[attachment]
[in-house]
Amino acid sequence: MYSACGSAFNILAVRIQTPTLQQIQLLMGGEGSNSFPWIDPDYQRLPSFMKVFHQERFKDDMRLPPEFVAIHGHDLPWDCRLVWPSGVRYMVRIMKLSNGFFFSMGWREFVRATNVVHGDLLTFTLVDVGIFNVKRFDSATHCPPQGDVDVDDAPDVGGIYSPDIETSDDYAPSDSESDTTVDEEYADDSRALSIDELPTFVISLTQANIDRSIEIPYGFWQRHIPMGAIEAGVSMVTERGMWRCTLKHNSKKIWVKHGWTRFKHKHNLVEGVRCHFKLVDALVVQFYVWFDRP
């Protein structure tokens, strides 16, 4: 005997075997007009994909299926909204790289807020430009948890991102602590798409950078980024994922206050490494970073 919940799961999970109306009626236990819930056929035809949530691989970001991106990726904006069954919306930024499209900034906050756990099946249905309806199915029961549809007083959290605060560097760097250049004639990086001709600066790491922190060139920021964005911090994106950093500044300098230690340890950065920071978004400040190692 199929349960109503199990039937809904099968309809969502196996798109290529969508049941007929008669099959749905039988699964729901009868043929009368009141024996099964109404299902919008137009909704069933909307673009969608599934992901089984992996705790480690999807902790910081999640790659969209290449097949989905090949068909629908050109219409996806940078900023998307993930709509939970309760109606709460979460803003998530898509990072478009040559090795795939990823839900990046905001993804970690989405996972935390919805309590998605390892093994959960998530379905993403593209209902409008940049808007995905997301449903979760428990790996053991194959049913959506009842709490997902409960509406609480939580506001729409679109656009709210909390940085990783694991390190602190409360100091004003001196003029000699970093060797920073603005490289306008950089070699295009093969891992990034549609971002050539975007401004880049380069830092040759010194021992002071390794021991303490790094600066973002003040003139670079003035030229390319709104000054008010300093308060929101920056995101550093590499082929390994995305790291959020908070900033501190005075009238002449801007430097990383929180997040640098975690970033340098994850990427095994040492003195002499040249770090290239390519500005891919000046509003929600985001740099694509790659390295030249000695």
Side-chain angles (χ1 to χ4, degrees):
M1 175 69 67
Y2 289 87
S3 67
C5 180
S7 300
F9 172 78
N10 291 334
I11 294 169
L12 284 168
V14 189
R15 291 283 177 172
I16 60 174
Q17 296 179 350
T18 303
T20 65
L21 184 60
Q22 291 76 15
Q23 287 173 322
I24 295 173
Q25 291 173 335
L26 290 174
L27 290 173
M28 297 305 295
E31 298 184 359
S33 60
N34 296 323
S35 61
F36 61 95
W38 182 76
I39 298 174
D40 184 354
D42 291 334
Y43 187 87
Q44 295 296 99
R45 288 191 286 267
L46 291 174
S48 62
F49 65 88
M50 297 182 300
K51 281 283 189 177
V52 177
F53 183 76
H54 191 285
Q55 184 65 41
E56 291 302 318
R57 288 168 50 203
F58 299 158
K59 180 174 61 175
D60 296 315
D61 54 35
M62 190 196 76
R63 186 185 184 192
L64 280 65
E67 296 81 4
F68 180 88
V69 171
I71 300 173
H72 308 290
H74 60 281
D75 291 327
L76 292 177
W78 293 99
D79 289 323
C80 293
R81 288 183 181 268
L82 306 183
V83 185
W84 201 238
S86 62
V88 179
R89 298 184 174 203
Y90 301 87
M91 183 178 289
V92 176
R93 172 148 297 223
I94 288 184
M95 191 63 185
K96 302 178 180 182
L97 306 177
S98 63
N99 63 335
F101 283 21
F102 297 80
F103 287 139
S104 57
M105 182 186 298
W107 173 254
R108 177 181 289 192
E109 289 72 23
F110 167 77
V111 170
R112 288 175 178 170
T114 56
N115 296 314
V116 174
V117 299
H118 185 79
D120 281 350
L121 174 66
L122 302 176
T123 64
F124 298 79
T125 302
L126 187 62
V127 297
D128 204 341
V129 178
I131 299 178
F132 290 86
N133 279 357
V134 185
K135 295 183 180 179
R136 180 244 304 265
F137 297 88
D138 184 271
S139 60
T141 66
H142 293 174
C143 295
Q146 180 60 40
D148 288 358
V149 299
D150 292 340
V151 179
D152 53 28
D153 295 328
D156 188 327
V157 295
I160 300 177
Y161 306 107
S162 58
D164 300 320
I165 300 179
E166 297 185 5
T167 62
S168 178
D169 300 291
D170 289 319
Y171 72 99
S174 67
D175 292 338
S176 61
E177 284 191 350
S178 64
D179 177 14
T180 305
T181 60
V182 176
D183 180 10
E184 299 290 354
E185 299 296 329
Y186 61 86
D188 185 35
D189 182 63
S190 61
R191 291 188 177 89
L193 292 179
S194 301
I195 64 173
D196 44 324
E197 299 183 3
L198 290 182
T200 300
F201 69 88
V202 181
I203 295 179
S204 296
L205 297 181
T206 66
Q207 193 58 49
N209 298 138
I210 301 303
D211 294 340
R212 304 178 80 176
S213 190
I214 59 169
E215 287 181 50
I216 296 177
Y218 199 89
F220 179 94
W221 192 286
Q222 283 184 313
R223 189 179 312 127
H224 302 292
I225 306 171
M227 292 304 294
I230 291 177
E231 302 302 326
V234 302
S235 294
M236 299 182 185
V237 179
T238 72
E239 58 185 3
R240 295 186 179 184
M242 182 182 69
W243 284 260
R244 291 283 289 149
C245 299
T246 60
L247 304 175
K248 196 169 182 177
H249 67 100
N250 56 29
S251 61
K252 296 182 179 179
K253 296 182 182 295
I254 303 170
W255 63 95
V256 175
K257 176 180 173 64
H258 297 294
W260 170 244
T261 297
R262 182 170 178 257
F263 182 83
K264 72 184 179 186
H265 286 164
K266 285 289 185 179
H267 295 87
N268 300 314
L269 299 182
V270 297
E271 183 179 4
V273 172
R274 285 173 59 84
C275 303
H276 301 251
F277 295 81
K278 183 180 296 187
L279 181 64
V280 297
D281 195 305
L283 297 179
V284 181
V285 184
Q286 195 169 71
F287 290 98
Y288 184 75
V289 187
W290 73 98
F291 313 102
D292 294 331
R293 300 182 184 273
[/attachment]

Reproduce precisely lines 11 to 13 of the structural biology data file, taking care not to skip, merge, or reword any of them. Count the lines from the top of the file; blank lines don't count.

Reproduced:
N10 291 334
I11 294 169
L12 284 168